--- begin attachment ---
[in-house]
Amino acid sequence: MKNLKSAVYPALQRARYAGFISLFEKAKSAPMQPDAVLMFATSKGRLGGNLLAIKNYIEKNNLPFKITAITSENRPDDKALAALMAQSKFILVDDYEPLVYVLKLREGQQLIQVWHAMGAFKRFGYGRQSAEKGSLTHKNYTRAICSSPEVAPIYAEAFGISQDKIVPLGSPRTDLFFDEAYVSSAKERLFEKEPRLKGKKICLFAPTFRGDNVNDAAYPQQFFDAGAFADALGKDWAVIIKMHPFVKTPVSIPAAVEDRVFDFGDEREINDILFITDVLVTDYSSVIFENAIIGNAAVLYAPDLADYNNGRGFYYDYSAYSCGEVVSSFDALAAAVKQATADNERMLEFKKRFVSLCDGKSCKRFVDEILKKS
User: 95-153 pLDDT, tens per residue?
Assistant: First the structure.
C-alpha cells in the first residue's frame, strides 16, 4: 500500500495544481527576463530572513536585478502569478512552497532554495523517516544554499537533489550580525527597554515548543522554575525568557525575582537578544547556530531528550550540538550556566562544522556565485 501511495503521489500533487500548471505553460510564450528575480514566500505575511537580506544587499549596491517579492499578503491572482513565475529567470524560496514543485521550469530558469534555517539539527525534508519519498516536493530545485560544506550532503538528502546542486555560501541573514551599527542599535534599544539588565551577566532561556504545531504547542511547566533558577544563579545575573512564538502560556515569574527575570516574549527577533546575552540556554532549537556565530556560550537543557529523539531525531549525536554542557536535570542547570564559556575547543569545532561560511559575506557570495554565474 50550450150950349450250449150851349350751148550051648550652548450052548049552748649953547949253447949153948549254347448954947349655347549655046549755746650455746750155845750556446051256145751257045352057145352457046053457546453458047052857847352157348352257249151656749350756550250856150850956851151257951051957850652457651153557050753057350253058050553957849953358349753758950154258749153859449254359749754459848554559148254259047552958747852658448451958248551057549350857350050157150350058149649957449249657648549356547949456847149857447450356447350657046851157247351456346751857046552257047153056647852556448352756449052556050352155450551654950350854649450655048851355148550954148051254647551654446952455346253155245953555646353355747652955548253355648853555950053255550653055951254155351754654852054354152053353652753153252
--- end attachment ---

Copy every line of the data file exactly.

[in-house]
Amino acid sequence: MKNLKSAVYPALQRARYAGFISLFEKAKSAPMQPDAVLMFATSKGRLGGNLLAIKNYIEKNNLPFKITAITSENRPDDKALAALMAQSKFILVDDYEPLVYVLKLREGQQLIQVWHAMGAFKRFGYGRQSAEKGSLTHKNYTRAICSSPEVAPIYAEAFGISQDKIVPLGSPRTDLFFDEAYVSSAKERLFEKEPRLKGKKICLFAPTFRGDNVNDAAYPQQFFDAGAFADALGKDWAVIIKMHPFVKTPVSIPAAVEDRVFDFGDEREINDILFITDVLVTDYSSVIFENAIIGNAAVLYAPDLADYNNGRGFYYDYSAYSCGEVVSSFDALAAAVKQATADNERMLEFKKRFVSLCDGKSCKRFVDEILKKS
User: 95-153 pLDDT, tens per residue?
Assistant: First the structure.
C-alpha cells in the first residue's frame, strides 16, 4: 500500500495544481527576463530572513536585478502569478512552497532554495523517516544554499537533489550580525527597554515548543522554575525568557525575582537578544547556530531528550550540538550556566562544522556565485 501511495503521489500533487500548471505553460510564450528575480514566500505575511537580506544587499549596491517579492499578503491572482513565475529567470524560496514543485521550469530558469534555517539539527525534508519519498516536493530545485560544506550532503538528502546542486555560501541573514551599527542599535534599544539588565551577566532561556504545531504547542511547566533558577544563579545575573512564538502560556515569574527575570516574549527577533546575552540556554532549537556565530556560550537543557529523539531525531549525536554542557536535570542547570564559556575547543569545532561560511559575506557570495554565474 50550450150950349450250449150851349350751148550051648550652548450052548049552748649953547949253447949153948549254347448954947349655347549655046549755746650455746750155845750556446051256145751257045352057145352457046053457546453458047052857847352157348352257249151656749350756550250856150850956851151257951051957850652457651153557050753057350253058050553957849953358349753758950154258749153859449254359749754459848554559148254259047552958747852658448451958248551057549350857350050157150350058149649957449249657648549356547949456847149857447450356447350657046851157247351456346751857046552257047153056647852556448352756449052556050352155450551654950350854649450655048851355148550954148051254647551654446952455346253155245953555646353355747652955548253355648853555950053255550653055951254155351754654852054354152053353652753153252